Trump Predictably Uses Attacks to Justify Counter-Productive Anti-Muslim Policies
President-elect Donald Trump’s plans for a Muslim ban or registry are still on the table, he suggested Wednesday afternoon, implying that the deadly attacks this week in Turkey and Berlin validated such discriminatory policies.
Speaking to reporters outside his Mar-a-Lago resort in Palm Beach, Florida he said that “what’s going on is terrible. Terrible terrible.”
Trump was asked by a reporter: “Has it caused you to rethink or reevaluate your plans to create a Muslim registry or ban Muslim immigration in the United States?” He responded: “You’ve known my plans all along and I’ve been proven to be right. 100 percent correct.”
“[Reactions like Trump’s are] precisely what ISIS’s leadership wants: to generate anti-Muslim sentiment in Europe that can, in turn, be used to generate anti-Western sentiment in the Middle East and North Africa.” —Tania Ildefonso Ocampos, Middle East analyst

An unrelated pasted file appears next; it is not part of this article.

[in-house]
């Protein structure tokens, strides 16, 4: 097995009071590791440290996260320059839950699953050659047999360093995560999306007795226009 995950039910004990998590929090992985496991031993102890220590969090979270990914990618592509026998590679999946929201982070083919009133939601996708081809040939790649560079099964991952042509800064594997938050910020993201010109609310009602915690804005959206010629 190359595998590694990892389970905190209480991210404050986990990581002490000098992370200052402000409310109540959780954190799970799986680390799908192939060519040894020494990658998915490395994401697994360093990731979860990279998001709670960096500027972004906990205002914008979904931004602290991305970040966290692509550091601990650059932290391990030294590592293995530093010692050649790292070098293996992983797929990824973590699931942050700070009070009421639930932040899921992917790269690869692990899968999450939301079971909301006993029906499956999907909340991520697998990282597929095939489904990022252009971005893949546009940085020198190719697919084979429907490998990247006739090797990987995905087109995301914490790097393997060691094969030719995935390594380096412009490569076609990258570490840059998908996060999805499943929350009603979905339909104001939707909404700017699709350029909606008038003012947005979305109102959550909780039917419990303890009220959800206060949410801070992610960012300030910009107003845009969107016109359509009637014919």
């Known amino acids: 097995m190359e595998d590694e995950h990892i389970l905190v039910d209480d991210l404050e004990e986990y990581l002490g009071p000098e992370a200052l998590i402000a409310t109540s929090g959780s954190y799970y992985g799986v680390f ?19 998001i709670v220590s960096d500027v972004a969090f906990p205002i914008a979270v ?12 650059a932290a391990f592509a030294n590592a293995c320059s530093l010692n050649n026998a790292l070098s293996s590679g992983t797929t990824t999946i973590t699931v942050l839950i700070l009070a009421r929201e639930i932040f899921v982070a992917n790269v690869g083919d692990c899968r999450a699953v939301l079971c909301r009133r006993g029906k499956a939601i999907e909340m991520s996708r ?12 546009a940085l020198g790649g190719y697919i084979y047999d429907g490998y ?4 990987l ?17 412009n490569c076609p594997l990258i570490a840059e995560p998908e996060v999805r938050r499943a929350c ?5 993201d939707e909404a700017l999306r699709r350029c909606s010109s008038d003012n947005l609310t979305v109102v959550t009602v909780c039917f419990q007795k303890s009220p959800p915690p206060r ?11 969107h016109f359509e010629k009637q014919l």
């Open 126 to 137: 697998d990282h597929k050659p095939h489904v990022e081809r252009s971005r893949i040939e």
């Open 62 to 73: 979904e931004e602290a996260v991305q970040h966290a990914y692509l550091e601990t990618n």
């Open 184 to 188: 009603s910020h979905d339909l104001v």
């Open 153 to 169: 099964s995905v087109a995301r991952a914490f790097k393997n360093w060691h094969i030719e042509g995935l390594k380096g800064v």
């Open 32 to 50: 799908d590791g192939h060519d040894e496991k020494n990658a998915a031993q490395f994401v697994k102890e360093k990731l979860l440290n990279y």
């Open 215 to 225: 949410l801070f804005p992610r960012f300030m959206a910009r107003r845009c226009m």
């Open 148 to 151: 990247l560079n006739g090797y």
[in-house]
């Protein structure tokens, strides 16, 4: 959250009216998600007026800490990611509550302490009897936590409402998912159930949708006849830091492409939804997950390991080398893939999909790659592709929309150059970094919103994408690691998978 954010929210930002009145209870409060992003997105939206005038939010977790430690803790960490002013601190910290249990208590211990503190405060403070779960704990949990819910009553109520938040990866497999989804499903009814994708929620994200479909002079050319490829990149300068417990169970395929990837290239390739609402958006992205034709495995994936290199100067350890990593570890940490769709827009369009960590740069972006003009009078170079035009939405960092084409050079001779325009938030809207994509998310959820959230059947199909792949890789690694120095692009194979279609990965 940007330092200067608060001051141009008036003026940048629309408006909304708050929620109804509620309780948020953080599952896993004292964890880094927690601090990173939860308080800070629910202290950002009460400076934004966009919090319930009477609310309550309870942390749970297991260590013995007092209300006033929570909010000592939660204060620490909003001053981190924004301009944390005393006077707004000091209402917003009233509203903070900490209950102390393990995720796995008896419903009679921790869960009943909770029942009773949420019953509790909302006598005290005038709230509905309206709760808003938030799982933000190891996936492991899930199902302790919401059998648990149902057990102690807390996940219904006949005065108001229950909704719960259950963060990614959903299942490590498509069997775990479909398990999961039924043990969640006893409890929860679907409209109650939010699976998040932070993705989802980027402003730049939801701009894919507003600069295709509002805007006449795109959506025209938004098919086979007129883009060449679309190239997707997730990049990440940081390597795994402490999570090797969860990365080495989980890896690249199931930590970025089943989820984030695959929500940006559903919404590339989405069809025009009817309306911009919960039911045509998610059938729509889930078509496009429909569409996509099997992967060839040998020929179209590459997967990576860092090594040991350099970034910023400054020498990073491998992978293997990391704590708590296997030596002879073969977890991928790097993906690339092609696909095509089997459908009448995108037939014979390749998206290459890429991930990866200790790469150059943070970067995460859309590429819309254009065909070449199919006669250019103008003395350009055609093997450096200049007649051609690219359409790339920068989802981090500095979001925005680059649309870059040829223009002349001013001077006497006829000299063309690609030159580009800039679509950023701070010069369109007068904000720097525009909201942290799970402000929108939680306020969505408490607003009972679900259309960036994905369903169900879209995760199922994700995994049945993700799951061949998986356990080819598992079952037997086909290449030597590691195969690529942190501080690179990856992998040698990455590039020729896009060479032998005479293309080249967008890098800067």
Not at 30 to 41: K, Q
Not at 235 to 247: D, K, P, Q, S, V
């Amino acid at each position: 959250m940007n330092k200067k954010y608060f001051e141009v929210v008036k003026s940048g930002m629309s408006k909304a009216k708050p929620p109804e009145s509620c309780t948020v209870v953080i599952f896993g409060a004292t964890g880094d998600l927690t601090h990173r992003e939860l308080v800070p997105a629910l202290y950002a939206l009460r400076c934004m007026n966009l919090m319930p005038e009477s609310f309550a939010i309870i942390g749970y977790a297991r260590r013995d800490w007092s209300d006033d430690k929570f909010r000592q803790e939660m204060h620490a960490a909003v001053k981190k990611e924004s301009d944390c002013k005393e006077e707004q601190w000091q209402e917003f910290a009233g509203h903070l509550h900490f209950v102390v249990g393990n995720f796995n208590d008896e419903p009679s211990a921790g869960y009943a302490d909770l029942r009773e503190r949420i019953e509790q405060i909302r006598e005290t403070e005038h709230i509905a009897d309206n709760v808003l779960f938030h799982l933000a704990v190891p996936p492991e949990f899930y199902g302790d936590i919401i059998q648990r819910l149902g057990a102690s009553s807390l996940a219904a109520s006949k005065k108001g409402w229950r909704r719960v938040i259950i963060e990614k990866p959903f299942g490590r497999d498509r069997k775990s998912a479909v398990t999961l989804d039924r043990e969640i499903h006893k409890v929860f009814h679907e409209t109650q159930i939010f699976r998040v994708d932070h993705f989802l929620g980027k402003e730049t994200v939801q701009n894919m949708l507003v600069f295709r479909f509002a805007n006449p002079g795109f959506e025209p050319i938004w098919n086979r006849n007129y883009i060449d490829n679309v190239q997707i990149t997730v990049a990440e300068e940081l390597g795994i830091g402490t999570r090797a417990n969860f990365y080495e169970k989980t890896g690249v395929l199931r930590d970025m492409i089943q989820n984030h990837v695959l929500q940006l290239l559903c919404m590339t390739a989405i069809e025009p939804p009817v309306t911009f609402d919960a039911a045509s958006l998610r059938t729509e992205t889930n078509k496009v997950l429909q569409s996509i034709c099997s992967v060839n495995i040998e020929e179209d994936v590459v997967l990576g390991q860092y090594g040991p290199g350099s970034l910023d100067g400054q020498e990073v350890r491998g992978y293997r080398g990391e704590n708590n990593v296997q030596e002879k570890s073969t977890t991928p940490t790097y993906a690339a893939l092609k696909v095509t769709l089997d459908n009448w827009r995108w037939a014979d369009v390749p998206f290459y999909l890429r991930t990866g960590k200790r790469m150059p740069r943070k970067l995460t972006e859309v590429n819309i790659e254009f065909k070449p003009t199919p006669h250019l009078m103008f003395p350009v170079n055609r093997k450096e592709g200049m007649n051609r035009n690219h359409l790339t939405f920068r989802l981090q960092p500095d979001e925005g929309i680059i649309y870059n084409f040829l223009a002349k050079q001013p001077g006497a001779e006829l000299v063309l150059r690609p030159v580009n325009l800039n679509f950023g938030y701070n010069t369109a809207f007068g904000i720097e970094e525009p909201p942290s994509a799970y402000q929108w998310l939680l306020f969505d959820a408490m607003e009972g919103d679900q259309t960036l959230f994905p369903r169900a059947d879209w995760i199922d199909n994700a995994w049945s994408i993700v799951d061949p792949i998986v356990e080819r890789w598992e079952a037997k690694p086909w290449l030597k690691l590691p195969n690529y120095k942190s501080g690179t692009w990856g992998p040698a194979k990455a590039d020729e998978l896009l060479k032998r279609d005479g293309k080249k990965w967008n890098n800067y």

Trump had on Monday blamed both attacks on radical Islamic terrorism, which Sen. Angus King (I-Maine) criticized, saying that it was a premature conclusion and that “it appears that the attack in Turkey on the Russian ambassador wasn’t a religious attack but was a political one, revenge for what’s going on in Aleppo.”
In September on the campaign trail, Trump similarly followed the bombing in Manhattan by saying that “we’ve been letting people in by their thousands and thousands and I’ve been saying you’ve got to stop it.” He also said that the policing tactics of Israeli forces including profiling were a model to follow.
Last December, the Trump campaign said in a statement that he “is calling for a total and complete shutdown of Muslims entering the United States until our country’s representatives can figure out what is going on,” and has said that his White House “would certainly implement” a Muslim database.
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